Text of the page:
Skip to main navigation Skip to main content Skip to footer For Medicare For Providers For Brokers For Employers Español For Individuals & Families: For Individuals & Families Medical Dental Other Supplemental Explore coverage through work How to Buy Health Insurance Types of Dental Insurance Open Enrollment vs. Special Enrollment See all topics Shop for Medicare plans Member Guide Find a Doctor Log in to myCigna
Home Knowledge Center Wellness Library Healthy Eating: Taking Calcium and Vitamin D

Healthy Eating: Taking Calcium and Vitamin D

Introduction

Bone thinning occurs as part of aging. After age 30, men and women begin to lose bone mass. If over time your bones thin so much that they become fragile and in danger of breaking, you have osteoporosis.

  • You can slow bone loss and could even prevent osteoporosis by eating a diet rich in calcium and vitamin D.
  • Calcium is found in many foods. These include dairy products such as milk, cheese, and yogurt. It's also in fortified orange juice and many vegetables.
  • Getting enough calcium and vitamin D is especially critical for women in the first few years after menopause. During this time, bone mass is lost faster.
  • If you do not get enough calcium and vitamin D from the foods you eat, talk to your doctor about how you can get the right amount. You may need to take supplements.
  • If you have osteoporosis, it's important to get enough calcium and vitamin D and take prescribed medicine for the disease.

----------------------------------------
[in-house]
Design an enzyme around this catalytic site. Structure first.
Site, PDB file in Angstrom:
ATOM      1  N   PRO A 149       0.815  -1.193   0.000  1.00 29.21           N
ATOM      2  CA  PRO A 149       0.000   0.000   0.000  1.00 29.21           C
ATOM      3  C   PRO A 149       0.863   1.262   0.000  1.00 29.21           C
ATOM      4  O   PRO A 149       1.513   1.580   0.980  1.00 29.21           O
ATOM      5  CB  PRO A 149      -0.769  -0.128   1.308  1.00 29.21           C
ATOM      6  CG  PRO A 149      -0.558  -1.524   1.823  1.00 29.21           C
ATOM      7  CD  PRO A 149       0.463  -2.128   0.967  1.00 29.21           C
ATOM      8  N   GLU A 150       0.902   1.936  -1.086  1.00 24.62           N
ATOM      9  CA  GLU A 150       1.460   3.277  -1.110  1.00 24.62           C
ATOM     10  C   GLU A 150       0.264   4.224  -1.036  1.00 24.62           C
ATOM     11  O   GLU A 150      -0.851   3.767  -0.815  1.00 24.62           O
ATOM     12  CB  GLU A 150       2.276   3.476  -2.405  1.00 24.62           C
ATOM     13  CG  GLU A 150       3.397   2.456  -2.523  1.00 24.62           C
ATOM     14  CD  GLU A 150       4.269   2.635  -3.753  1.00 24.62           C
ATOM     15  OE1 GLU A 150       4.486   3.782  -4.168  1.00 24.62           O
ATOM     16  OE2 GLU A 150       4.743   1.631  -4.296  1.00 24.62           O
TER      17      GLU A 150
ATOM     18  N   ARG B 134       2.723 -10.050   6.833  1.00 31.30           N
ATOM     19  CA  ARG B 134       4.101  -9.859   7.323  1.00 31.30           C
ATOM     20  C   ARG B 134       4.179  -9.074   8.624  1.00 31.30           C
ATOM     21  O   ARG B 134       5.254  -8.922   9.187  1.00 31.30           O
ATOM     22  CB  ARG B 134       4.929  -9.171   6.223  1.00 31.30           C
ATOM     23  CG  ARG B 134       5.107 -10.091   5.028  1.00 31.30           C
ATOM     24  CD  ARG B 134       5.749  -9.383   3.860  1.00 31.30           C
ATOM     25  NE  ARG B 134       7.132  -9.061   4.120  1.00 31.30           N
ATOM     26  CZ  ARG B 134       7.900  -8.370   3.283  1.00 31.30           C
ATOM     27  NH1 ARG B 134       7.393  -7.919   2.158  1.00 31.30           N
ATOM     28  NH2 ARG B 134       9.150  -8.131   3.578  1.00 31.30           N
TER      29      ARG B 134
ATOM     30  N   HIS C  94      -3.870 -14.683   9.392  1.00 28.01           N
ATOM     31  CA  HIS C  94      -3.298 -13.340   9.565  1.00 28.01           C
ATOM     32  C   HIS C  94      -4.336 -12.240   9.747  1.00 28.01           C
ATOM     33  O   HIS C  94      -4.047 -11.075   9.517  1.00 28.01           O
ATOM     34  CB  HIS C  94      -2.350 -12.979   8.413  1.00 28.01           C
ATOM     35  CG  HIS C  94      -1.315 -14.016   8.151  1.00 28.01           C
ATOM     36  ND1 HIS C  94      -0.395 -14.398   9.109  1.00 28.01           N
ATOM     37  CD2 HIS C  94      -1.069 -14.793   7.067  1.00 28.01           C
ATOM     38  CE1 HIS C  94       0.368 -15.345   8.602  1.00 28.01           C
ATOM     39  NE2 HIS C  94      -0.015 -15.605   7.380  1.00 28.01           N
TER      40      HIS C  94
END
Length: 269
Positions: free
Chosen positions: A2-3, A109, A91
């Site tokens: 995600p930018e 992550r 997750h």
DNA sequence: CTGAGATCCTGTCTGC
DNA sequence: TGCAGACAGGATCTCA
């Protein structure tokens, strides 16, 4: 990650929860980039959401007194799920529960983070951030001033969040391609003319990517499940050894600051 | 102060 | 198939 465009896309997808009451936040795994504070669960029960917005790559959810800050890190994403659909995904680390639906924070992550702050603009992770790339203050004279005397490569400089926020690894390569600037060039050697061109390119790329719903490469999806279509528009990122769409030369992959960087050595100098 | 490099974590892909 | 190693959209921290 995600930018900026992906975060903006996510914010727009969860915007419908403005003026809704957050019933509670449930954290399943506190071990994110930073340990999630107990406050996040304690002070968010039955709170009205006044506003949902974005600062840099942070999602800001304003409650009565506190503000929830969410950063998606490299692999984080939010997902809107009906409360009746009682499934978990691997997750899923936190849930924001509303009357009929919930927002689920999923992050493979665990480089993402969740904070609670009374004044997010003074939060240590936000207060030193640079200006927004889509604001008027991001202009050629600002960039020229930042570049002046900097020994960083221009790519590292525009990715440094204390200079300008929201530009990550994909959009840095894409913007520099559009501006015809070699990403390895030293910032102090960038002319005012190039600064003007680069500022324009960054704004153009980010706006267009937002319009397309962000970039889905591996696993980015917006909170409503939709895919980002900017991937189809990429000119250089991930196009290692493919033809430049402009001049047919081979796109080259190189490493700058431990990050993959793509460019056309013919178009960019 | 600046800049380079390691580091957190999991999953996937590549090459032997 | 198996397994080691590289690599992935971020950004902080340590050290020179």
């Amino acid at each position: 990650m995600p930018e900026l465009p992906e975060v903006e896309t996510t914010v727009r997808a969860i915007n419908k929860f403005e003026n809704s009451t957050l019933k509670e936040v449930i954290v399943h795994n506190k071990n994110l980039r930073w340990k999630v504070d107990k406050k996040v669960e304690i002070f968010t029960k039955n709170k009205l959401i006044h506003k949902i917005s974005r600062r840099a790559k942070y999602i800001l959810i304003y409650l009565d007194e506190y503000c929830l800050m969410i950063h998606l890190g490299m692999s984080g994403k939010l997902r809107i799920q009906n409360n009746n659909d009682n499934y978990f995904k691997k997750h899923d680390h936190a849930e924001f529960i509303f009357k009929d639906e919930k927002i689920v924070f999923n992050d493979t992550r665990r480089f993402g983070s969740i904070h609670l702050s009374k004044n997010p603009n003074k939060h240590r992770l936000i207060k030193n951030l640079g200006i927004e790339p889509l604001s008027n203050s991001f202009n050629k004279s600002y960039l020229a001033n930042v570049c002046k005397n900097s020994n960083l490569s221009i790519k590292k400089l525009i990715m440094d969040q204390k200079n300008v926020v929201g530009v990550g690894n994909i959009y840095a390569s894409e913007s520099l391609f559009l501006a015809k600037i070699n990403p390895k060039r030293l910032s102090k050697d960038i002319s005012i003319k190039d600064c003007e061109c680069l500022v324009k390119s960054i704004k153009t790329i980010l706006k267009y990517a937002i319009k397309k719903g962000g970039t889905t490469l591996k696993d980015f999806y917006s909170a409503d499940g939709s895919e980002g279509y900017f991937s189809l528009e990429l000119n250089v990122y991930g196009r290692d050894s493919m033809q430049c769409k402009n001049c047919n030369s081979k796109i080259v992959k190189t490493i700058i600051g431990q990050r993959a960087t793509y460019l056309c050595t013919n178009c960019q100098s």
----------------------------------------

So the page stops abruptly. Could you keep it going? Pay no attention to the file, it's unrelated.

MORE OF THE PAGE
How can you get enough calcium and vitamin D in your daily diet?

How can you get enough calcium and vitamin D in your daily diet?

Many foods have lots of calcium.

Calcium is in foods such as milk, cheese, and yogurt. Vegetables like broccoli, kale, and Chinese cabbage have calcium. You can get calcium if you eat the soft edible bones in canned sardines and canned salmon. Foods with added (fortified) calcium include some cereals, juices, soy drinks, and tofu. The food label will show how much calcium was added.

One good source of calcium is fat-free milk fortified with vitamin D. Four cups a day have about 1,200 mg of calcium. Other good sources include shrimp, blackstrap molasses, and almonds.

Vitamin D helps your body absorb calcium. It's in foods such as salmon, tuna, and mackerel. It's also in cheese, egg yolks, and beef liver. You can also get vitamin D from fortified foods. These include milk, some cereals, orange juices, and yogurts. It's also in margarines and soy drinks.

Everyone who has osteoporosis should try to eat a diet rich in these nutrients. Some people may need to take a calcium supplement with vitamin D.

Types of calcium supplements include:

  • Calcium carbonate. It is 40% elemental calcium.
  • Calcium citrate. This is 21% elemental calcium. Calcium citrate is easier to digest than calcium carbonate. It also does not cause constipation as much as other types of calcium supplements.
  • Calcium gluconate and calcium lactate. These have a low amount of elemental calcium.

You can get calcium supplements at most grocery stores and drugstores. They come in tablets, chewables, and capsules. Not all supplements contain the same amount of calcium or contain vitamin D. Read the label to see which one is best for you.